By Teresa Wiltz
Washington Post Staff Writer
Wednesday, February 6, 2008
It's a multi-culti, viral moment, calculated specifically for the YouTube Generation and riding the wave of Obamamania right on time for Super Tuesday: acoustic guitar, black-and-white footage, rapper will.i.am., sporting a fedora and looking thoughtful, crooning softly against a backdrop of Barack Obama's rousing concession speech on primary night in New Hampshire. Add in an eclectic contingent of celebrities -- John Legend, Herbie Hancock, Scarlett Johansson, Kareem Abdul-Jabbar -- echoing key Obama phrases in English, Spanish and Hebrew.
Mix. Repeat. Add in more faces and voices, layering them one on top of another, chanting "Yes, we can" in an emotional crescendo. Fade out with the words: "Hope. Vote."
Release the video on Super Bowl weekend. Hope it doesn't get lost in Brady hysteria. Accumulate millions of hits on the Internet.
Politics and pop culture have always danced together. There was Grandmaster Flash and Melle Mel's 1984 ode to Jesse Jackson, "Jesse," and Eminem's raging anti-Bush anthem "Mosh," released right before the 2004 presidential election. (And we can't dismiss Obama Girl's cheeky "I Got a Crush on Obama.") But will.i.am's video, directed by Jesse Dylan -- son of Bob -- reads like a commercial straight from Obama headquarters, calibrated to appeal to a demographic cross section: boomers, Gen X and Gen Y'ers, the ones who came of age Rocking the Vote with MTV. (For all of the youthful trappings of the viral media, the average age of online video viewers is 39.)
It's engineered to uplift, tugging at tears and obliquely invoking comparisons to Martin Luther King Jr. and César Chávez as Legend throws his arms wide and sings, "A King who took us to the mountaintop and pointed us to the promised land" and "CSI: Miami" actor Adam Rodriguez intones, "Sí, se puede!"
The people behind the video say the Illinois Democrat's campaign had nothing to do with the video. "The intention," Dylan said yesterday, "was to make a really simple thing. . . . It was like, 'Super Tuesday's coming, let's try and get this up, maybe it can help a bit.' We weren't doing it for the campaign. We were doing it for what [Obama] said in the speech. . . . I believe the words he had to say."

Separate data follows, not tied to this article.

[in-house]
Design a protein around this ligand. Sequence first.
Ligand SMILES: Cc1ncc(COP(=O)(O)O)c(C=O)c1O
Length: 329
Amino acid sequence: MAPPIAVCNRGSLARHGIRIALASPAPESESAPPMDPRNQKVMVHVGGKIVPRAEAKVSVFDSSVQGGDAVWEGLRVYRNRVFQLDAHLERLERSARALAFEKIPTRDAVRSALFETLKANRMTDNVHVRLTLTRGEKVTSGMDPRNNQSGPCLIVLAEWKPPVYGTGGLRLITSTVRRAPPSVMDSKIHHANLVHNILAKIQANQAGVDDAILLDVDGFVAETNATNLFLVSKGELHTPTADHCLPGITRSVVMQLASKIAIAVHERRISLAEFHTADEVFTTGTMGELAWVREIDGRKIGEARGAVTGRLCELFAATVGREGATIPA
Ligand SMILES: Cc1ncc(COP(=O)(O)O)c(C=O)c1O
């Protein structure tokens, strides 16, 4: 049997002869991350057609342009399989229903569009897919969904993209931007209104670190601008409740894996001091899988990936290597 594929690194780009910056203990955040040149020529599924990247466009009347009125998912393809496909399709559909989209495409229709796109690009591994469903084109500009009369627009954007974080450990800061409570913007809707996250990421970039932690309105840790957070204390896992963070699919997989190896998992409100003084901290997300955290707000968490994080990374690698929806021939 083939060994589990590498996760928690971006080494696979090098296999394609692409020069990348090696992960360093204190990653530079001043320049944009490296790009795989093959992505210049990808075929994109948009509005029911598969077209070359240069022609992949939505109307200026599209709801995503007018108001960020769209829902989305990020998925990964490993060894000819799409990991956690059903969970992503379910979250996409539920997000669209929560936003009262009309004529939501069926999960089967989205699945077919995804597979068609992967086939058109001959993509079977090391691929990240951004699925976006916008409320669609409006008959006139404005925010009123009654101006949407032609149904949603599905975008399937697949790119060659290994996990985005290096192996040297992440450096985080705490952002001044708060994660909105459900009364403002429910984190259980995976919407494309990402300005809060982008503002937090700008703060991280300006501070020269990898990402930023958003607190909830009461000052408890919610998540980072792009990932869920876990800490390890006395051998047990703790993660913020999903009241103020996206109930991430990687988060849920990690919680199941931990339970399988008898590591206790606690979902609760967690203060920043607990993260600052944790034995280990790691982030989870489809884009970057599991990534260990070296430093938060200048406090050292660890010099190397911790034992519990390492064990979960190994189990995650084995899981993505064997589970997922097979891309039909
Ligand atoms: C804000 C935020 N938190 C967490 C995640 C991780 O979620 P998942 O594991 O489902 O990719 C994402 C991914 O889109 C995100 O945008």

"It's a very effective video," says Tricia Rose, professor of Africana studies at Brown University. "Semi-spiritual, uplifting, a fusion of progressive narrative with religious and emotional sentiment. It's an inspirational slice of the civil rights movement legacy."
Obama's Jan. 8 New Hampshire speech had nothing to do with losing. Will.i.am, the frontman for the Black Eyed Peas, said the speech shoved him off the fence and inspired him to make the video. "That speech made me think of Martin Luther King . . . Kennedy . . . and Lincoln . . . and all the others that have fought for what we have today," he wrote in his blog, Dipdive.com.
Watching the video with his 9-year-old daughter on his lap, cultural critic Mark Anthony Neal says he got choked up. His daughter -- whom he described as a Hillary Clinton supporter -- turned to him and said, "Daddy, why are you crying?" For Neal, 42, who was a child when Shirley Chisholm ran for president in 1972 and who came of age when Jesse Jackson first ran for office in 1984, the video tugged at him.
"For a generation of 40-somethings this is iconic imagery," says Neal, professor of African American studies at Duke University. It recalls Kennedy and King, "their hopes, their dreams, their passions and the reminder of their deaths. It really pulls at our heartstrings the way more mundane political songs don't.
"Political music is very often not very good music," Neal adds. "The aesthetics get left aside for the politics. . . . But I think this is an extraordinarily strong video. And the song itself is halfway decent; you wouldn't mind listening to it."
Its creators say the video was an "organic," ad hoc creation, and that they recorded it in two days. Will.i.am, a onetime John Kerry supporter, called filmmakers Mike Jurkovac and Dylan on Sunday, Jan. 27, and told them he had an idea. By that Wednesday, they were crammed in a recording studio in Los Angeles, gathering friends and whomever they could recruit along the way. After the video was recorded, they uploaded it on YouTube and Dipdive.com, and promoted it on ABC News's "What's the Buzz" on Friday.
"It was an exciting experience to be able to contribute not only by recruiting supporters but by artistically collaborating to get the message out," Johansson said in an e-mail. "I think myself and the other contributors hope that the video will inspire supporters, undecideds and people that are unfamiliar with Obama's policies to join his movement for change."
Originally, the filmmakers thought about including images of other yes-we-can moments in American history: King's "I Have a Dream" speech, astronauts walking on the moon, the suffragists marching in the streets. But they decided to confine the images to Obama and the singers on the screen, Jurkovac said.
"When you create a look and feel for a piece visually that's based on this black-and-white footage, it gives it this historical connotation," Jurkovac said. "What's moving people are the same themes: 'Ask not what your country can do for you but what you can do for your country' or 'I have a dream.' If there's a swell of a movement among young people, that's what they're reacting to." Even if they never lived through it.